Sunday’s Pure Michigan 400 at Michigan International Speedway in Brooklyn, Mich., was the second and final test of the season for NASCAR’s high-drag package. It was first tested in the Brickyard 400 at Indianapolis Motor Speedway on July 26, while a low drag package was tested in the Quaker State 400 at Kentucky Speedway in Sparta, Ky., and will undergo another test next month in the form of the Southern 500 at Darlington (S.C.) Raceway.
The high-drag package was pretty much a drag, wasn’t it? It seemed pretty lackluster at Indianapolis, but I witheld my opinion then, as did a lot of other folks, mainly because of the uniqueness at the Brickyard and the tendancy for that race to not be filled with edge-of-your-seat excitement, anyway.
Michigan was the real test for that package, and if anything, the racing at Michigan was worse than that at Indy. Of course, not all races can be gems, all jam-packed full of excitement, but this was a test for a new aero package, and it fell pretty flag, so to speak. Here’s why.
Wasn’t the goal of these new aero packages to increase passing up front? Where was the passing up front at Michigan? There were a few passes for the lead on restart. Other lead changes, meanwhile, came during cycles of green-flag pit stops, on pit road and through yellow-flag pit strategies when leaders would pit while others stayed out. Am I missing a mid-green-flag-run pass somewhere? If so, I’m thinking I’m not missing many.
If the goal was to increase passing up front, and I think it was, mission definitely not accomplished.
On the other hand, that low drag package at Kentucky looked pretty good. Maybe it’s just me, but from feedback I heard on social media and call-in shows on SiriusXM NASCAR Radio, I don’t think it was just me, but I think the 2015 Quaker State 400 was the best Cup race at Kentucky in quite some time.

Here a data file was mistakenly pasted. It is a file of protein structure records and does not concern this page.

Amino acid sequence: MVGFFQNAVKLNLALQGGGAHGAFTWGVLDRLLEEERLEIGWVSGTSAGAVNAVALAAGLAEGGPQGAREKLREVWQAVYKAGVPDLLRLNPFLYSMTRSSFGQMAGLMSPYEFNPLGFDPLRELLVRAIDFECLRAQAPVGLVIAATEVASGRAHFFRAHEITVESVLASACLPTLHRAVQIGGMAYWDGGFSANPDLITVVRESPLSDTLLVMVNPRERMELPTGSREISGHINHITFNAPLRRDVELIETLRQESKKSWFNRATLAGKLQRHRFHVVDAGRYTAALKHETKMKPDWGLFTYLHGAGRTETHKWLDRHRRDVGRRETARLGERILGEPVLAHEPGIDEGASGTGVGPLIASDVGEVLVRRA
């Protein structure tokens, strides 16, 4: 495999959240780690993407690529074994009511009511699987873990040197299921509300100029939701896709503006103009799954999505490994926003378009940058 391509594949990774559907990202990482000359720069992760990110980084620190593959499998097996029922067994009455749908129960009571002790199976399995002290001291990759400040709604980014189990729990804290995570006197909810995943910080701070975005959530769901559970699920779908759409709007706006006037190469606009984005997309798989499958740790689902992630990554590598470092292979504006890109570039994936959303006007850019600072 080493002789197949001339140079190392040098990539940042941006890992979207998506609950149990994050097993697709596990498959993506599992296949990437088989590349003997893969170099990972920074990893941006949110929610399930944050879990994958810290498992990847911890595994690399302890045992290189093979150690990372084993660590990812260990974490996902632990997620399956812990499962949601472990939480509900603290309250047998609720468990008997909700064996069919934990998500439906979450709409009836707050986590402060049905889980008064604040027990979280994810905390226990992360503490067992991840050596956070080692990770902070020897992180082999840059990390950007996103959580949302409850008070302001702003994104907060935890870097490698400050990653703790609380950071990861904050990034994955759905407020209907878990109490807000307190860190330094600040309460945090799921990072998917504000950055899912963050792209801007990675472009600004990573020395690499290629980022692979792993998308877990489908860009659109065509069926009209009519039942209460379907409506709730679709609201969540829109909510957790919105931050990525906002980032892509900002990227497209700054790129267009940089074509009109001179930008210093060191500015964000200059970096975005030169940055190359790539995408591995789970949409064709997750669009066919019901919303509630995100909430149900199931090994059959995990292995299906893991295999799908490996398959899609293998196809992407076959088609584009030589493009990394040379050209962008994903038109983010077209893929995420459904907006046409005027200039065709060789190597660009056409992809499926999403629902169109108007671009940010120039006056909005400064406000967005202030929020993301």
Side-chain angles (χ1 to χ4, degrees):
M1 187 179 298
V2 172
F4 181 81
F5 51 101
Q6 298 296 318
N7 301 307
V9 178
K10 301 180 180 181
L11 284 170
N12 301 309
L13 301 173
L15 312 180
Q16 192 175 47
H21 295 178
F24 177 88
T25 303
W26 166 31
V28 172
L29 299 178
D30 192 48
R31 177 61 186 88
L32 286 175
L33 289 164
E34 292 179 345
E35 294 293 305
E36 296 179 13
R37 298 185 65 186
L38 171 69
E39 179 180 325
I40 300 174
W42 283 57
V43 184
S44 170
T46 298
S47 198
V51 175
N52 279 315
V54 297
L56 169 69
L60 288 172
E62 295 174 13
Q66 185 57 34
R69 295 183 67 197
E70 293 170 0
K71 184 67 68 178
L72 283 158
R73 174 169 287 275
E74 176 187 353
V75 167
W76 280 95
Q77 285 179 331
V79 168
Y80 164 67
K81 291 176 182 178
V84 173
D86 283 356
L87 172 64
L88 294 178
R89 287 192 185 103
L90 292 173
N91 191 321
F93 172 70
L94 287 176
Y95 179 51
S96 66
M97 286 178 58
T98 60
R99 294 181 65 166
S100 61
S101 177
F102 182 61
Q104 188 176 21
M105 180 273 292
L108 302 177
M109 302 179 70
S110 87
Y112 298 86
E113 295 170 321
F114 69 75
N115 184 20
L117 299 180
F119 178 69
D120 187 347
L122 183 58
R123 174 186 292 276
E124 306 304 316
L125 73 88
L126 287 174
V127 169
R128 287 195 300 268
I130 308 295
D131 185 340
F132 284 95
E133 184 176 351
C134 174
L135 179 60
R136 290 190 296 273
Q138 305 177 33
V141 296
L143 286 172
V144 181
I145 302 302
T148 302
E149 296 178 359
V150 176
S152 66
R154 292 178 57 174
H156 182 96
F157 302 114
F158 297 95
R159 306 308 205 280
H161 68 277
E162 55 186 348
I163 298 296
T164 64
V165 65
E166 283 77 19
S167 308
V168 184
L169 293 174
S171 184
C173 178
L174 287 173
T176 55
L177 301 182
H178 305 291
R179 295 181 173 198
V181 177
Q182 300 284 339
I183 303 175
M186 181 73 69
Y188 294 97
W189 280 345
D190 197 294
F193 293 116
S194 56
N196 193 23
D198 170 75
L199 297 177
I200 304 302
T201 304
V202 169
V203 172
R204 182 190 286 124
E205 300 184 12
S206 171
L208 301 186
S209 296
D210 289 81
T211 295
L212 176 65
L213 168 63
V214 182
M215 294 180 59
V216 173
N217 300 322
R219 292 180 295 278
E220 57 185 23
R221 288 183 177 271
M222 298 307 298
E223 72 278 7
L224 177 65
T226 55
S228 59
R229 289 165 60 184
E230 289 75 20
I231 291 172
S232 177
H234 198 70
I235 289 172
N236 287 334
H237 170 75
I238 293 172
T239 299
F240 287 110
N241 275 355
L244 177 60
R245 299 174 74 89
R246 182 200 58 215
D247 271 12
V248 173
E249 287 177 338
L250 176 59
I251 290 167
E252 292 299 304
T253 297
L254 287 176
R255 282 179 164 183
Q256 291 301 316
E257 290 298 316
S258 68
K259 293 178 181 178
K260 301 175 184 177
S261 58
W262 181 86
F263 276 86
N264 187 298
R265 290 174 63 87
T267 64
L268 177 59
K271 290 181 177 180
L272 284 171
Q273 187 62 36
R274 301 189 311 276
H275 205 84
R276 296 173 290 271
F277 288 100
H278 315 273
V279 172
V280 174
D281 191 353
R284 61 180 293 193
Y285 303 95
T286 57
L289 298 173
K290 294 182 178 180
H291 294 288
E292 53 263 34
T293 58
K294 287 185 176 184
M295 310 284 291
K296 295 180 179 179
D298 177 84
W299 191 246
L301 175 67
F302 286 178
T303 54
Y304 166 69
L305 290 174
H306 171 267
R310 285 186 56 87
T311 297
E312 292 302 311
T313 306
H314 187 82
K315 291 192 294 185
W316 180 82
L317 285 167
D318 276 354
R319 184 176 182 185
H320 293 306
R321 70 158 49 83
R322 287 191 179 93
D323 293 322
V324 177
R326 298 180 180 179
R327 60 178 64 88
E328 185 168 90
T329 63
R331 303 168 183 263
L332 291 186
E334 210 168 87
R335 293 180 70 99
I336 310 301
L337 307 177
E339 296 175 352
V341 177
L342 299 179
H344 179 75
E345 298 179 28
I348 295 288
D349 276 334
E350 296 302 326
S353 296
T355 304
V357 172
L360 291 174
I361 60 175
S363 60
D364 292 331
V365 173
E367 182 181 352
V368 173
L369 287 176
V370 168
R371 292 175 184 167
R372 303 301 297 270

Okay, so I’m guessing Matt Kenseth enjoyed that race at Michigan on Sunday, and why wouldn’t he? He led nearly three-quarters of the race en route to his third win of the season and his second victory in the last three races. For everybody else, it wasn’t all that spectacular.
Even prior to the MIS snoozer from Sunday, drivers seemed to be more in favor of the low-drag package for Kentucky and Darlington. Originally, I took that with a grain of salt. After all, the low-drag package was, for the most part, a result of the drivers’ ideas, while the high-drag package was NASCAR’s idea. Of course, drivers are going to favor their own ideas. But after seeing one of the low-drag races and both of the high-drag experiments, I’m thinking the drivers were on to something. I guess it’s to be expected, though. After all, these are the guys who drive these cars every week.
NASCAR’s already announced that the regular 2015 package will be used throughout the 10-race Chase for the Sprint Cup, but there is next year. If one of the two experimental packages is implemented next year, I sure hope it’s the low-drag one. Maybe the high-drag package could work with a few tweaks, maybe not. One thing’s for sure, it needs work.
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